STAR test

Sep 102011
 

A week or so ago I got my daughter’s STAR test results; she’s currently a fourth grader at Roosevelt Elementary. Her scores were fine, but significantly lower than they had been the previous year, when she had attended McKinley Elementary. I was glad.

Even a quick look at Michaela’s scores was enough to tell me that something is significantly flawed with the design of this test. Michaela is a great reader, she devours books. She’s also a pretty good writer, her stories have a real voice, are funny and well constructed. Her real trouble at school is in math. She hates the subject, she doesn’t feel she’s any good at it and puts little effort into it.  Imagine my surprise, then, when her math scores in the STAR test were much better than her English scores. As a parent, I have no way of knowing /why/ her English scores were relatively low, I’m not allowed to see the actual test she took, but I do know that any test that says she’s better at math than English is profoundly flawed.

I have another big reason to deplore the STAR test. When Mika was at 2nd grade at McKinley all she studied was English and math, English and math and English and math. She did get a couple of hours a week of “test preparation”, but there was little or no science or social studies. That’s one of the main reasons why I applied for a transfer to Roosevelt. I want my daughters to be educated, and that means exposing them to a variety of fields of knowledge – not just English and math. At Roosevelt, Michaela flourished. In addition to math & English, she learned history and science, thus developing her critical thinking skills. She’s become our little expert on the Ohlone Indians; and through learning about them she’s learned how people adapt to given environments and use and develop its natural resources.  She’s delved into San Leandro history by exploring the stories of the families who developed this town – not only learning about how San Leandro grew, but also gaining an understanding of how the personal and the political merge.  In science, she learned about different ecosystems – she surprised me once, when I was reading her an African tale and came upon the name of a native tree I didn’t know how to pronounce, she knew all about this tree, however, as they’d studied about its ecosystem in class.  And she knows about so many other things, every day she astounds me with some observation or piece of knowledge I didn’t have myself.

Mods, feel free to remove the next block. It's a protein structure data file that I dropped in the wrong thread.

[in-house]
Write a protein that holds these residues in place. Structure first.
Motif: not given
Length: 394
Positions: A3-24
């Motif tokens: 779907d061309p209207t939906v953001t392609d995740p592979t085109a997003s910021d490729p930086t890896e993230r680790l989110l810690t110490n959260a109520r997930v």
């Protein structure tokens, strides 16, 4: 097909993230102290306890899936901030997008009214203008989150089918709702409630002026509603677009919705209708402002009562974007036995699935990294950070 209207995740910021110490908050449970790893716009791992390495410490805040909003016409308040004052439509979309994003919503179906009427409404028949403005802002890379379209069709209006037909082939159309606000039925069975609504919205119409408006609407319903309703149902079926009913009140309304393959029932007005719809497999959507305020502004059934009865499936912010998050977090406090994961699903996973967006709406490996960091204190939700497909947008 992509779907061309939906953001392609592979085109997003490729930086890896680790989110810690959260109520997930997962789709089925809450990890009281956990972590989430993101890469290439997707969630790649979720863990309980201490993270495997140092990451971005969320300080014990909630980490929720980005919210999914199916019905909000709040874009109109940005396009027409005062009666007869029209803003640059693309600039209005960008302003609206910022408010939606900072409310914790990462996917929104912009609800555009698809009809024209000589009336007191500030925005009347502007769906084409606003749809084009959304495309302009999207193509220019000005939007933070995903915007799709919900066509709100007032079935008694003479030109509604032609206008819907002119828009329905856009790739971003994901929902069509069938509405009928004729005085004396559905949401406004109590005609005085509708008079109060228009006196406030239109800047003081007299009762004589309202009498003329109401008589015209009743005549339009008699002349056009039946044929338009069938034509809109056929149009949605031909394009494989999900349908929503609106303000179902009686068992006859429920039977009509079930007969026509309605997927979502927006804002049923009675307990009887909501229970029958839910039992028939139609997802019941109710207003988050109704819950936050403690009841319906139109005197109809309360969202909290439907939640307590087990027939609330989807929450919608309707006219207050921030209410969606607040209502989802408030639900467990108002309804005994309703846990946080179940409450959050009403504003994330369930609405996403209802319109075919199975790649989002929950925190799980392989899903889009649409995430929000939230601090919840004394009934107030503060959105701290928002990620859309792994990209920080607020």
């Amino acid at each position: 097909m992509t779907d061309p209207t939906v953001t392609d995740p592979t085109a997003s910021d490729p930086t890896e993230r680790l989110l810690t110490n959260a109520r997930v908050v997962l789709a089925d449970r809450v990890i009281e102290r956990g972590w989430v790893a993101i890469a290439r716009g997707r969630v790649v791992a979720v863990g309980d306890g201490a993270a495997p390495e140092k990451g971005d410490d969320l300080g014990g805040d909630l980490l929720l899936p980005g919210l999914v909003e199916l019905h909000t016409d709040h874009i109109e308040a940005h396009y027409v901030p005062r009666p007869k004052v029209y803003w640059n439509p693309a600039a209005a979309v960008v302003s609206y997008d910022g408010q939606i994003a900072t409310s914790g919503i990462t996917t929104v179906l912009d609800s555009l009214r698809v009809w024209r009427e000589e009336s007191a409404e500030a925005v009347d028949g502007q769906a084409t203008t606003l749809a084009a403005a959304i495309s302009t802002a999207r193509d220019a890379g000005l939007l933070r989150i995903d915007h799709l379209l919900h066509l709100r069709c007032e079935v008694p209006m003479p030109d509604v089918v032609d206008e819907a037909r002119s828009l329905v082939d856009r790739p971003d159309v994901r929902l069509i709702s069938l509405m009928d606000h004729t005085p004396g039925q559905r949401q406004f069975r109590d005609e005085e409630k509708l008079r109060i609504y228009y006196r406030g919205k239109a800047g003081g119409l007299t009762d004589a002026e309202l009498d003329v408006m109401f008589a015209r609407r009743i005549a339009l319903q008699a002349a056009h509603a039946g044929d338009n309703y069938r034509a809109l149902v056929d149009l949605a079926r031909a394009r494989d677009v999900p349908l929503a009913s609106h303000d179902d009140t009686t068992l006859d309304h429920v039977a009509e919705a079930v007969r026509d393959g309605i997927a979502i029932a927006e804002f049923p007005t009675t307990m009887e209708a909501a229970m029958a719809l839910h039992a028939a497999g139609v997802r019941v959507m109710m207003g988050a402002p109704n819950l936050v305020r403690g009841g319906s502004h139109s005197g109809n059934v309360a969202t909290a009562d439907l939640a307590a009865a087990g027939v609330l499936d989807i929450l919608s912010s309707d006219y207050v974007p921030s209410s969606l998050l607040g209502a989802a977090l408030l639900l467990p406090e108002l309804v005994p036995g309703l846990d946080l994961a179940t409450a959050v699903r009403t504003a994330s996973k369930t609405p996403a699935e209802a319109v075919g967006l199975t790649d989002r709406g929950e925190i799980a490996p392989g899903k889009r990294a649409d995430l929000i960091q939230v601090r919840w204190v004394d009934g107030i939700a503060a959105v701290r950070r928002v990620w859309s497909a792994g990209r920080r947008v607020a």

Roosevelt STAR test results, however, went down last year (while McKinley’s went up).  I’m worried now that the Principal and Administration will feel pressured to change Roosevelt’s curriculum to put more of an emphasis on the tested subjects.  That would be a terrible disservice not just to Michaela, but to all the other kids who deserve an education not just narrow instruction on two subjects. And the emphasis on the test is a terrible diservice to all the other children in all the other elementary schools in San Leandro who are only learning those two subjects and little else.

I’m not sure what can be done about this, but I’m seriously considering keeping my daughter from taking the STAR test this year.  Perhaps, if enough parents boycotted the test, the state and Congress (with their short-sighted “no child left behind” mandate) would listen and drop it altogether.  My sole stand against it will definitely not accomplish anything, but I figure someone has start and say “enough!“.